cactes the advertising expenditures over all product-regions."





27

In single-equation models one variable is defined as

dependent while the remaining variables are classified as

independent. The choice of the dependent variable is made

by postulating the variable that is influenced the greatest

degree by the other variables. In this study it is readily

apparent that the purpose of advertising expenditures is to

increase revenues.

The units used in the regression model were total

dollars. The total revenue figures used were the actual

dollar figures reported by the Market Research Corporation

of America by product-region. The advertising expenditures

used were the compiled figures obtained from the accounting

records of the Florida Citrus Commission. Estimates of the

quantities of product sold due to optimal generic advertising

were measured in fluid gallons of single strength equivalent

juice. Conversion factors used in this study appear in

Appendix A.

The number of years included in the time series was

limited by the amount of money available to purchase the

total revenue and quantity data from the Market Research

Corporation of America. It was decided to purchase data

for the most recent crop year and continue back through time

on an annual basis until this budget was exhausted. The

resultant period of data purchased was July, 1960 through

June, 1967. This period of time witnessed two significant

shifts in citrus crop production which were due to the freeze

in December, 1962 and to the 1966-67 recovery from the 1962







freeze in new plantings and restorationof old groves. It

is felt that these two shifts in production during the

period of the study aid in estimating and identifying the

total revenue functions in each product-region. The dramatic

shifts in supply allowed proportional shifts in the size

of the advertising budget providing a wide range of observa-

tions of revenues and expenditures which aided in estimating

the quadratic functions.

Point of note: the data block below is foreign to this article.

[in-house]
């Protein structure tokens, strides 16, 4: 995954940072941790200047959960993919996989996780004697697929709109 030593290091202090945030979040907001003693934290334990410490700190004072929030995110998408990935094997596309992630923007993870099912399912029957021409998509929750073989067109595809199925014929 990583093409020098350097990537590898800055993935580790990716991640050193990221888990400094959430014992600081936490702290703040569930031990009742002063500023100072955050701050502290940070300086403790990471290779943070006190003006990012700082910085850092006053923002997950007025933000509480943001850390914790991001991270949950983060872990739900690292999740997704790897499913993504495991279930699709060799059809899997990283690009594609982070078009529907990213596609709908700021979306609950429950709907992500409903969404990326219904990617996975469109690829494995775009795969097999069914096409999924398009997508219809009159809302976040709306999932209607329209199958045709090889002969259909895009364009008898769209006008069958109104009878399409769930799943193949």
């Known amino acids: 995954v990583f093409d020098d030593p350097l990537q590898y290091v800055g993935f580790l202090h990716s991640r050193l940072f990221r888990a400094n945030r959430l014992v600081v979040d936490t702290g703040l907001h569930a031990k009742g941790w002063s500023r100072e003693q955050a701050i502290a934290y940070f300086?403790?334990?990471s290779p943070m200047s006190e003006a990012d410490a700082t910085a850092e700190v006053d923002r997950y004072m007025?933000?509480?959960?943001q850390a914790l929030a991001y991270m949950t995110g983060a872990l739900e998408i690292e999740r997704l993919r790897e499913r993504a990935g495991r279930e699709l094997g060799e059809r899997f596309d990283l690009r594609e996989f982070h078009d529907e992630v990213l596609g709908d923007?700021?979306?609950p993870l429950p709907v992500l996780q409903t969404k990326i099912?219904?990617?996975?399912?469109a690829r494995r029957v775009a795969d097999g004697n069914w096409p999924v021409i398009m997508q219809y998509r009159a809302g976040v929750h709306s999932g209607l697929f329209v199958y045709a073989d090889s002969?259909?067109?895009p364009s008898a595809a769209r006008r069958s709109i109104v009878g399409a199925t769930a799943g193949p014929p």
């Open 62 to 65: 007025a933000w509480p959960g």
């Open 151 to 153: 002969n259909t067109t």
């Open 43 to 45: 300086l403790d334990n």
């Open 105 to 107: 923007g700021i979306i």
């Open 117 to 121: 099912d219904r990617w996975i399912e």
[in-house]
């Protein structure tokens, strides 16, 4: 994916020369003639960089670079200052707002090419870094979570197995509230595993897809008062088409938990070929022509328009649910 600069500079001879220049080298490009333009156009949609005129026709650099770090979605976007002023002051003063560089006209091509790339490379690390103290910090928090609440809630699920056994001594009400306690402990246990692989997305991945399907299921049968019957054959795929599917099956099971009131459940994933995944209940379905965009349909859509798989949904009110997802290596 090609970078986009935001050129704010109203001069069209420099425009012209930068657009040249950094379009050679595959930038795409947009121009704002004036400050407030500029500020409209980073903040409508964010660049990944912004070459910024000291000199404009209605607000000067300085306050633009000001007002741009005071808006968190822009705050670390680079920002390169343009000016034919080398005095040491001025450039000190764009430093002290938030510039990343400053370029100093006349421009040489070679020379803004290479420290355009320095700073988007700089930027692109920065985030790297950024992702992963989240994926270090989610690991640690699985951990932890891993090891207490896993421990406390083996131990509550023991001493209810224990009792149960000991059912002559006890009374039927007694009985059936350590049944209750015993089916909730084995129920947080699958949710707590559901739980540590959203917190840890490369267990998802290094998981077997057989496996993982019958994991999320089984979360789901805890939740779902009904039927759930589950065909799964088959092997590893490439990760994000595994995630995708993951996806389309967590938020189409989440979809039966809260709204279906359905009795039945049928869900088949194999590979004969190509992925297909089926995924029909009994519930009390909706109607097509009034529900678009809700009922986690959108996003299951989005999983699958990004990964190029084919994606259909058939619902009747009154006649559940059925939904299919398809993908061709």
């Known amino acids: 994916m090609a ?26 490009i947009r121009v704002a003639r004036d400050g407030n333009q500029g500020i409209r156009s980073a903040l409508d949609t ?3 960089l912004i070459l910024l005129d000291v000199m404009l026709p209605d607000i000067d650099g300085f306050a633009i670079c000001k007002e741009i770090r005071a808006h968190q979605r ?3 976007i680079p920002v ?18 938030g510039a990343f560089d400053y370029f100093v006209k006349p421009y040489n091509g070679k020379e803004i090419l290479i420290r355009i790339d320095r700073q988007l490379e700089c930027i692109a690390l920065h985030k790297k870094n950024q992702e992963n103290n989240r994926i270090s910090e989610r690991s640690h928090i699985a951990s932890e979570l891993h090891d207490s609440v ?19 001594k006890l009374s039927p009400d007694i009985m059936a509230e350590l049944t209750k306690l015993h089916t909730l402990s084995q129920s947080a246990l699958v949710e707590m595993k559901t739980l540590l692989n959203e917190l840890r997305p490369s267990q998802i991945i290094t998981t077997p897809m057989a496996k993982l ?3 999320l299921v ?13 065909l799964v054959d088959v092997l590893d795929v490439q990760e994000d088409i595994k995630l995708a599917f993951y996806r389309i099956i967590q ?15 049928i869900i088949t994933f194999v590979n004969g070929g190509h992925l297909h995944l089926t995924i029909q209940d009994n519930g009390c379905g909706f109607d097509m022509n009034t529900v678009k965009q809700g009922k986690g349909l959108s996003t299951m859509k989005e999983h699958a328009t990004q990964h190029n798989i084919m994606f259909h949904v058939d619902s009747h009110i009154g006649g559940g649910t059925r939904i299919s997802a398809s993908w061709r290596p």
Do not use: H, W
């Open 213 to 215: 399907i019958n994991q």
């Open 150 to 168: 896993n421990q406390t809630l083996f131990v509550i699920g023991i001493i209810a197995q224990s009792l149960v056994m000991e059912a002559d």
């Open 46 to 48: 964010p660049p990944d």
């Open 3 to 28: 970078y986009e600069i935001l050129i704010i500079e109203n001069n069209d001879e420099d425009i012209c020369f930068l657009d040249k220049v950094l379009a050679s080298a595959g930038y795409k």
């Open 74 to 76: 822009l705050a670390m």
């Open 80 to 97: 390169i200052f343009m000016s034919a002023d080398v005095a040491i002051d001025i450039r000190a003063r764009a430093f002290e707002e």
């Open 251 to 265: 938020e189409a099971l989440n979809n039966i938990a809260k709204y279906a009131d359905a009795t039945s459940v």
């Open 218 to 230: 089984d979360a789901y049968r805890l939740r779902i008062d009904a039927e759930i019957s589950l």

IThe choice of using a month as the time unit in the

study was made because the purchased price-quantity series

were reported on a monthly basis.\ Aggregating these data

on an annual basis would provide only seven annual observa-

tions. Given the number of parameters in the regression

model, the statistical calculations on an annual basis would

result in estimates with zero degrees of freedom. The

monthly observations do provide sufficient degrees of free-

dom to make reasonable statistical tests. It is felt that

the period of a month allows adequate time for the marketing

forces to dampen out spurious factors and short enough to

capture the relevant economic factors in the system.

To minimize the effect of spurious price variations

in the regression model, a price index was selected to

inflate the total revenues and advertising expenditures to

a common base. The price index used was the index of food

purchases for home consumption, and the base period of the

study was June, 1967. The argument for using the last period

as the base period was that these inflated prices approximate

current prices better than choosing an earlier base period.







Data Restrictions


The sources of data used in this study were given

in Chapter I. The products and regions chosen were restricted

by the consumer panel data sampled by the Marketing Research

Corporation of America. As a result, the Florida Citrus

Commission's advertising invoice data had to be tailored

to conform to the purchased sales data by product and by

geographical region.

Brand advertising expenditure data were omitted

from this study. It is recognized that brand advertising

plays an important role in the promotion of Florida's citrus

products for individual firms. With a knowledge of the allo-

cations of total brand advertising expenditures by product-

regions, the Florida Citrus Commission's budget could be

more efficiently allocated to complement brand advertising

expenditures in order to increase the total national consump-